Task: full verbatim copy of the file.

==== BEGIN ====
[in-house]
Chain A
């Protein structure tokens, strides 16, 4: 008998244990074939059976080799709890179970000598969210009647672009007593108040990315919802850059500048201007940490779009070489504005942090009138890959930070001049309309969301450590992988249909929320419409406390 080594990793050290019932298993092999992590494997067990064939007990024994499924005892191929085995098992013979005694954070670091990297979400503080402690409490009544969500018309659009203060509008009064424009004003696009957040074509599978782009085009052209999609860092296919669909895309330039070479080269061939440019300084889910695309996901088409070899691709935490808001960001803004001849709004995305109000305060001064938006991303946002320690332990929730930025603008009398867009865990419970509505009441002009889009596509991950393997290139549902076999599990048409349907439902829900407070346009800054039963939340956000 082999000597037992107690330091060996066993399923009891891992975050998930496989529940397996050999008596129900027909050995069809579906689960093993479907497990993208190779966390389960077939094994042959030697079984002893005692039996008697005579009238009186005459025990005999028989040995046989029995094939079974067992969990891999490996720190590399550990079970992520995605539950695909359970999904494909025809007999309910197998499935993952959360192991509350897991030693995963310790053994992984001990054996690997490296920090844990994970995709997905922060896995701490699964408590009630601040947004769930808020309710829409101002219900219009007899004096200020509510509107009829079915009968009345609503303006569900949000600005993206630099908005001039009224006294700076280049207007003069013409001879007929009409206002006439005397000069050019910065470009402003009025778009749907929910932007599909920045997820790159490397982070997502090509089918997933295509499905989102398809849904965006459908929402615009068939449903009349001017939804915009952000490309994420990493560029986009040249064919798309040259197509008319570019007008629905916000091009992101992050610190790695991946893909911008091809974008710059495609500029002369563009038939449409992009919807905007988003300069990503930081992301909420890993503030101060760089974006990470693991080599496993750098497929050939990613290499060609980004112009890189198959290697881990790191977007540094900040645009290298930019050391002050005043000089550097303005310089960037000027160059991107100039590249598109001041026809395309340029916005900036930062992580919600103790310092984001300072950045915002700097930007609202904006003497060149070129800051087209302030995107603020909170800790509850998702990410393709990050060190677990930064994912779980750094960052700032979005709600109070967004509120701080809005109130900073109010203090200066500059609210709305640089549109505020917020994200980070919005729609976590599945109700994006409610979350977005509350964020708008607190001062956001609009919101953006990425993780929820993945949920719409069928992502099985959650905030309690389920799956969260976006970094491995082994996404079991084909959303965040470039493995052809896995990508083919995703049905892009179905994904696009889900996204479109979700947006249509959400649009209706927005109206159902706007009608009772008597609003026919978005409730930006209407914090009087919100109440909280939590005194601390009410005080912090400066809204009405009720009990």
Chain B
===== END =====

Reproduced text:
[in-house]
Chain A
């Protein structure tokens, strides 16, 4: 008998244990074939059976080799709890179970000598969210009647672009007593108040990315919802850059500048201007940490779009070489504005942090009138890959930070001049309309969301450590992988249909929320419409406390 080594990793050290019932298993092999992590494997067990064939007990024994499924005892191929085995098992013979005694954070670091990297979400503080402690409490009544969500018309659009203060509008009064424009004003696009957040074509599978782009085009052209999609860092296919669909895309330039070479080269061939440019300084889910695309996901088409070899691709935490808001960001803004001849709004995305109000305060001064938006991303946002320690332990929730930025603008009398867009865990419970509505009441002009889009596509991950393997290139549902076999599990048409349907439902829900407070346009800054039963939340956000 082999000597037992107690330091060996066993399923009891891992975050998930496989529940397996050999008596129900027909050995069809579906689960093993479907497990993208190779966390389960077939094994042959030697079984002893005692039996008697005579009238009186005459025990005999028989040995046989029995094939079974067992969990891999490996720190590399550990079970992520995605539950695909359970999904494909025809007999309910197998499935993952959360192991509350897991030693995963310790053994992984001990054996690997490296920090844990994970995709997905922060896995701490699964408590009630601040947004769930808020309710829409101002219900219009007899004096200020509510509107009829079915009968009345609503303006569900949000600005993206630099908005001039009224006294700076280049207007003069013409001879007929009409206002006439005397000069050019910065470009402003009025778009749907929910932007599909920045997820790159490397982070997502090509089918997933295509499905989102398809849904965006459908929402615009068939449903009349001017939804915009952000490309994420990493560029986009040249064919798309040259197509008319570019007008629905916000091009992101992050610190790695991946893909911008091809974008710059495609500029002369563009038939449409992009919807905007988003300069990503930081992301909420890993503030101060760089974006990470693991080599496993750098497929050939990613290499060609980004112009890189198959290697881990790191977007540094900040645009290298930019050391002050005043000089550097303005310089960037000027160059991107100039590249598109001041026809395309340029916005900036930062992580919600103790310092984001300072950045915002700097930007609202904006003497060149070129800051087209302030995107603020909170800790509850998702990410393709990050060190677990930064994912779980750094960052700032979005709600109070967004509120701080809005109130900073109010203090200066500059609210709305640089549109505020917020994200980070919005729609976590599945109700994006409610979350977005509350964020708008607190001062956001609009919101953006990425993780929820993945949920719409069928992502099985959650905030309690389920799956969260976006970094491995082994996404079991084909959303965040470039493995052809896995990508083919995703049905892009179905994904696009889900996204479109979700947006249509959400649009209706927005109206159902706007009608009772008597609003026919978005409730930006209407914090009087919100109440909280939590005194601390009410005080912090400066809204009405009720009990």
Chain B